Ozkan et al (2014) noted that implantation necessitates complex interactions among the developing embryo, decidualizing endometrium, and developing maternal immune tolerance and/or alterations in cellular and humoral immune responses. Over-stimulation of Th1 or Th2 cytokines in systemic and local environments, alterations of the prevalence of interleukin-17 (IL-17) and regulatory T cell (Treg) cytokines have also been suggested to contribute to the pathogenesis of implantation failure. These researchers investigated the plasma levels of IL-4, IL-6, IL-10, tumor necrosis factor-alpha (TNFα), gamma interferon (IFNγ), transforming growth factor-beta (TGFβ), IL-17, IL-35, and suppressors of cytokine signaling 3 (SOCS3) in infertile and fertile women. This case-control study was conducted with 80 women suffering from unexplained infertility and 40 fertile women. Peripheral venous blood samples were drawn on day 21 of the menstrual cycle. The extracted plasma samples were assayed by an enzyme linked immunosorbent assay (ELISA). Statistical analysis was performed using SPSS version 16.0. The main findings were as follows: despite the significantly high IL-17 and IL-35 plasma levels of infertile women, IL-35/IL-17 ratio was significantly lower in the infertile group compared with that in the fertile group; SOCS3 plasma levels showed an inverse relation with plasma levels of all cytokines except IL-35; increased plasma IL-17 levels (greater than 3.42 pg/ml) have a negative impact on fertility; TNFα/IL-10, IFNγ/IL-10, IFNγ/IL-6, and IFNγ/IL-4 ratios were significantly higher in infertile group compared with those in the fertile group. The authors concluded that it is not possible to show the major immunological factor(s) of unexplained infertility, but these findings pointed out that the decreased suppressor activity of the immune system may play a role in implantation failure.
Furthermore, UpToDate reviews on “Overview of infertility” (Kuohung and Hornstein, 2015a) and “Evaluation of female infertility” (Kuohung and Hornstein, 2015b) do not mention the use of Th1/Th2 ratio or intracellular cytokine assay as a management tool.
Human Chorionic Gonadotropin
Human chorionic gonadotropin (hCG) is a hormone that is produced by the pituitary gland and exerts its effects primarily on the ovaries and testes. In females, hCG works with follicle‐stimulating hormone to produce mature ovum and progesterone. In males, it stimulates the production of androgen which leads to the development of male secondary sex characteristics. It may also stimulate testicular descent in the absence of anatomical abnormalities.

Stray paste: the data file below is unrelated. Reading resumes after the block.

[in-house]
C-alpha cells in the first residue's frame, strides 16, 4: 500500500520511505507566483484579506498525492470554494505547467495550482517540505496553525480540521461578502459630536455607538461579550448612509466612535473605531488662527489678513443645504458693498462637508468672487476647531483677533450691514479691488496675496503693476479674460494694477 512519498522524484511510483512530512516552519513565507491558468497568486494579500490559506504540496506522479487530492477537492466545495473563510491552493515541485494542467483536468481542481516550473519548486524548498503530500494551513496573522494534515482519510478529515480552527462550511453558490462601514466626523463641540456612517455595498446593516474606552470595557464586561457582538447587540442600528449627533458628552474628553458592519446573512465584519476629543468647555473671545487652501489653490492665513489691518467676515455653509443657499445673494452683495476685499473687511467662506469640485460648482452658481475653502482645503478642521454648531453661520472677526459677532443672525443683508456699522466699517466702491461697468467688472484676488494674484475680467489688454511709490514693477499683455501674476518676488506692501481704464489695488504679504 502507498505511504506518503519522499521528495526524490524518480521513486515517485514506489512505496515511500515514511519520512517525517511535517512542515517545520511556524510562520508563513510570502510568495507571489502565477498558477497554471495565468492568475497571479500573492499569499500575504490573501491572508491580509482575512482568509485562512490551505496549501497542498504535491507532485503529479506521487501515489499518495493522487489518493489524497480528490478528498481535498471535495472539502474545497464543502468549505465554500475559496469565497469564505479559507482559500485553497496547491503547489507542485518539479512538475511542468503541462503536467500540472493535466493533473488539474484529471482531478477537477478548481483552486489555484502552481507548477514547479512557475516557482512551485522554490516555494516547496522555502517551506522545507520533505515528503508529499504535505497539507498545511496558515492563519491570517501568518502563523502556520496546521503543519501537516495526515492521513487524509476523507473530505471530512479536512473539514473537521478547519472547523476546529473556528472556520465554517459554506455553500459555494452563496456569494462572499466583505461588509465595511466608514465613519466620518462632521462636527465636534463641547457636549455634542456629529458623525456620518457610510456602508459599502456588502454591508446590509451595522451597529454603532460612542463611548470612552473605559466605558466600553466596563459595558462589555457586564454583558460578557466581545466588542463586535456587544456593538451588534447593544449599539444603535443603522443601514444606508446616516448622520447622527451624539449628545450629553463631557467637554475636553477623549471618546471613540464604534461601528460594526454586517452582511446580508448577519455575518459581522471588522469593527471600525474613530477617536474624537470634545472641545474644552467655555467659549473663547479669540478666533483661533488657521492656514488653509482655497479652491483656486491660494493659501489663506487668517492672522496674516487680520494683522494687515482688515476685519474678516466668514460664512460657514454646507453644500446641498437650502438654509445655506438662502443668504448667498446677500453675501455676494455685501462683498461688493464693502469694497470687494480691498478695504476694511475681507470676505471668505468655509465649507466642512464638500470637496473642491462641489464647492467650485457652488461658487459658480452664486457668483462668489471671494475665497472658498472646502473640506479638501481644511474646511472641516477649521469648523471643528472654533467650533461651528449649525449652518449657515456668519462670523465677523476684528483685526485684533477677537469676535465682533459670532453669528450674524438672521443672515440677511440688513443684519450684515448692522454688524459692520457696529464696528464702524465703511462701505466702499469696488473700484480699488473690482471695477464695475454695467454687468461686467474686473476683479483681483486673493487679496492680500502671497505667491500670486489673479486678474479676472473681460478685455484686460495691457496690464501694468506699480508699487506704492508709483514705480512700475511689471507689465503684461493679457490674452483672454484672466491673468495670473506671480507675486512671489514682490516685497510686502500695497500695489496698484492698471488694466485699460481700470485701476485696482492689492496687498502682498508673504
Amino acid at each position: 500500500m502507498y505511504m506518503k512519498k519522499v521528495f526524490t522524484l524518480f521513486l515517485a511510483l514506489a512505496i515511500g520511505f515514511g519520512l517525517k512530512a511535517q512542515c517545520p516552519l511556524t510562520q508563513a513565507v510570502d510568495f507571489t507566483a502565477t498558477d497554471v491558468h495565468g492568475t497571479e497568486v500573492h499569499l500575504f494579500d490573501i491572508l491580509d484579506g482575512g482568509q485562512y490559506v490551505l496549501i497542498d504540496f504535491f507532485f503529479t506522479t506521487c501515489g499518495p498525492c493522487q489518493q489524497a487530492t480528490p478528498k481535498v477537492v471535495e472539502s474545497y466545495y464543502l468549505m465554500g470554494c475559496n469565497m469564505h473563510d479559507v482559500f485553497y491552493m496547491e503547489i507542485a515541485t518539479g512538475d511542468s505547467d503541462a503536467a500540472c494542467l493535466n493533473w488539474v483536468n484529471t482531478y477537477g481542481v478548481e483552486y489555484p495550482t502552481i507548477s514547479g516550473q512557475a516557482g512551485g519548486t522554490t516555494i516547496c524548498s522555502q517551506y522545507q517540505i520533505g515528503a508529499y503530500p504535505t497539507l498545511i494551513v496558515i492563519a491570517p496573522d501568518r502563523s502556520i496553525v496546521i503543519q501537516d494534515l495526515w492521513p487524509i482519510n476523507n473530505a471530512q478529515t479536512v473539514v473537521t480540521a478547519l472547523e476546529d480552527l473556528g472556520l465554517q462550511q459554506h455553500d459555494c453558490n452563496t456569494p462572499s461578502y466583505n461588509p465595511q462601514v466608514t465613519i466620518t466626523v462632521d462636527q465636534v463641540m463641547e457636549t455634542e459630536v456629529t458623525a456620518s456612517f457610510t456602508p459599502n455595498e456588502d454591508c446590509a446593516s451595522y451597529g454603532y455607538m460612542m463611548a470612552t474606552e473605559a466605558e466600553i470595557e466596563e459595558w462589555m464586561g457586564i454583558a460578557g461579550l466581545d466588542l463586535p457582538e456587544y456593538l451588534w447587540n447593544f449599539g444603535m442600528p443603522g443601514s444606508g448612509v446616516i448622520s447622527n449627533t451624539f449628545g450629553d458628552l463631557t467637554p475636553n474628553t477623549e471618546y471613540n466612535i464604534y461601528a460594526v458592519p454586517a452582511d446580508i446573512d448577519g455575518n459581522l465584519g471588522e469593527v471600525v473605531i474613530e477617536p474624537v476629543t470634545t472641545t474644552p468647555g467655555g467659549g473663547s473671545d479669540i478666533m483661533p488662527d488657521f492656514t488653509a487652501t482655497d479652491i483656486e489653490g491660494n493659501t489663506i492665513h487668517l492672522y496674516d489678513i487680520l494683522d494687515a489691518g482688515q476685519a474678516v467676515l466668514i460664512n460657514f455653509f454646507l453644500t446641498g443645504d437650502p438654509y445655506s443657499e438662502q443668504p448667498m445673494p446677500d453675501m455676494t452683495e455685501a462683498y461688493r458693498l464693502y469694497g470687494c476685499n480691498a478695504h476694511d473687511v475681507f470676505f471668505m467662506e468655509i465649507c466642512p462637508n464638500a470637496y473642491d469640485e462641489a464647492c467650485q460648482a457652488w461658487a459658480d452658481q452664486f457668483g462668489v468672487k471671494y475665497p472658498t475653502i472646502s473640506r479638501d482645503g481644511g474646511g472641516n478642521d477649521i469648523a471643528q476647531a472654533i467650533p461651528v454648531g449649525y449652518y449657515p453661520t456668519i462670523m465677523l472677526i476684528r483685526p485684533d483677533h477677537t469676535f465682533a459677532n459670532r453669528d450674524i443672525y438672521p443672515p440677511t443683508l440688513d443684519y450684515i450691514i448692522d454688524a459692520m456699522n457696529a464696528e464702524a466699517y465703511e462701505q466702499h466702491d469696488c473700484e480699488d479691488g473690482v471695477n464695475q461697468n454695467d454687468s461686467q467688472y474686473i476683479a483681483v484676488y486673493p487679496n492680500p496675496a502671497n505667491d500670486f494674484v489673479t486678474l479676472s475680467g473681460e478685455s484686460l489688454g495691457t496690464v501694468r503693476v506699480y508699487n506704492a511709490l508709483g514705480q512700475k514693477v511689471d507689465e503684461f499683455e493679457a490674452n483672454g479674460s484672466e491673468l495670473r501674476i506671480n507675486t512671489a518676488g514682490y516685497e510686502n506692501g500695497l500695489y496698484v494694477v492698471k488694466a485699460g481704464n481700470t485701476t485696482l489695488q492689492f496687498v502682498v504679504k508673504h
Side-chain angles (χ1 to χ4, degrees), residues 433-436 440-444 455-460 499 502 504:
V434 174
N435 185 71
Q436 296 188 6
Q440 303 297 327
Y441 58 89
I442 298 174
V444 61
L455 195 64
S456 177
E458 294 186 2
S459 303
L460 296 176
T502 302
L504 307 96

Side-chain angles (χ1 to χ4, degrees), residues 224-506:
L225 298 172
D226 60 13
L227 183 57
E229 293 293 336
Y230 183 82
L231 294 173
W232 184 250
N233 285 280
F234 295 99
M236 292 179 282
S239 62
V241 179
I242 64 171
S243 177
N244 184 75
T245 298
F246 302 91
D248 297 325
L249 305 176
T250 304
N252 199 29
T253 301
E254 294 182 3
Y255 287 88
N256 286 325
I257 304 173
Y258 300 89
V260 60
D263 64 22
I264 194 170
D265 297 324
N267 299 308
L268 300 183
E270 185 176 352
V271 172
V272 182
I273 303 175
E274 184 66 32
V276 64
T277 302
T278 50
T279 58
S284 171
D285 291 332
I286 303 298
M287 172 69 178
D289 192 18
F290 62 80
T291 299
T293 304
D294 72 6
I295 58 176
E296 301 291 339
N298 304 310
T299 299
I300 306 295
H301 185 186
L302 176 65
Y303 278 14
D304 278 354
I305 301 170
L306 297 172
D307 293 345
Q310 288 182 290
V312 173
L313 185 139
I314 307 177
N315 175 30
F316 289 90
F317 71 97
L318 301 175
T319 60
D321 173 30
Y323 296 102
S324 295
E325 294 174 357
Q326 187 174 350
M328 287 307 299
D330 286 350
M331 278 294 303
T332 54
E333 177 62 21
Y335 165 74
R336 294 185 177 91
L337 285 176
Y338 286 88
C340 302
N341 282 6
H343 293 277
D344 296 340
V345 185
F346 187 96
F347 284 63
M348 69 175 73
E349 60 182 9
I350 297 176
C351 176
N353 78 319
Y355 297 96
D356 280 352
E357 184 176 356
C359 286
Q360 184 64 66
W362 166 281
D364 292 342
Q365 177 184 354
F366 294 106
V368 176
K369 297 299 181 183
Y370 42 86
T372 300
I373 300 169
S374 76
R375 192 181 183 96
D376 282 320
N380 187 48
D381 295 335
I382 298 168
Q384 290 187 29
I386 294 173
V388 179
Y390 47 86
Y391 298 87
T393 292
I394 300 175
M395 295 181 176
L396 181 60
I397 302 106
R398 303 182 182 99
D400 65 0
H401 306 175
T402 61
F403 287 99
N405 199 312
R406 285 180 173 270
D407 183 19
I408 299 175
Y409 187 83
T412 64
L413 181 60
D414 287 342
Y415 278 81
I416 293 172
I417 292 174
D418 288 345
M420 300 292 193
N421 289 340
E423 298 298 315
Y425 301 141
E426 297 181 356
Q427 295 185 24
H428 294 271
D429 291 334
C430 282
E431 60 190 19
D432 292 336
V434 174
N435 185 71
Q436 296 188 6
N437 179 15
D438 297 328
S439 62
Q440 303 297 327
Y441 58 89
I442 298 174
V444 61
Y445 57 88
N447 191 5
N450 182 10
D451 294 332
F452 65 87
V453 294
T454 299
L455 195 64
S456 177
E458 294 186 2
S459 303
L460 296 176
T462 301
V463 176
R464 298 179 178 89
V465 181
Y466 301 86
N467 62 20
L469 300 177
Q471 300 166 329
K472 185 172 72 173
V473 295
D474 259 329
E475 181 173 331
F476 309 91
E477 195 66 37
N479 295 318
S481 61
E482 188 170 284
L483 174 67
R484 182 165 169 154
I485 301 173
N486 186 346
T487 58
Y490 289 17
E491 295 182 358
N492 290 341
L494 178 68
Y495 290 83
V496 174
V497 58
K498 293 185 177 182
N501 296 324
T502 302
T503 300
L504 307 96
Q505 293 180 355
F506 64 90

In general, hCG is thought to induce testicular descent in situations when descent would have occurred at puberty. hCG thus may help to predict whether or not orchiopexy will be needed in the future. Although, in some cases, descent following hCG administration is permanent, in most cases the response is temporary. Therapy is usually instituted between the ages of 4 and 9 years.
Commercially available hCG products are collected from human pregnancy urine.
Human chorionic gonadotropin is indicated for the following: prepubertal cryptorchidism not due to anatomic obstruction; selected cases of hypogonadotropic hypogonadism (hypogonadism secondary to a pituitary deficiency) in males; induction of ovulation and pregnancy in the anovulatory, infertile woman in whom the cause of anovulation is secondary and not due to primary ovarian failure, and who has been appropriately pretreated with human menotropins.
Human chorionic gonadotropin is available as Novarel, Pregnyl, and as a generic product in vials containing 10,000 units USP.
Human chorionic gonadotropin has not been proven effective for: obesity treatment; erectile dysfunction; precocious puberty treatment; and prostatic carcinoma or other androgen‐dependent neoplasm treatment..
Human chorionic gonadotropin has not been demonstrated to be effective adjunctive therapy in the treatment of obesity. There is no substantial evidence that it increases weight loss beyond that resulting from caloric restriction, that it causes a more attractive or “normal” distribution of fat, or that it decreases the hunger and discomfort associated with calorie‐restricted diets.
Early Embryo Viability Assessment (Eeva) Test: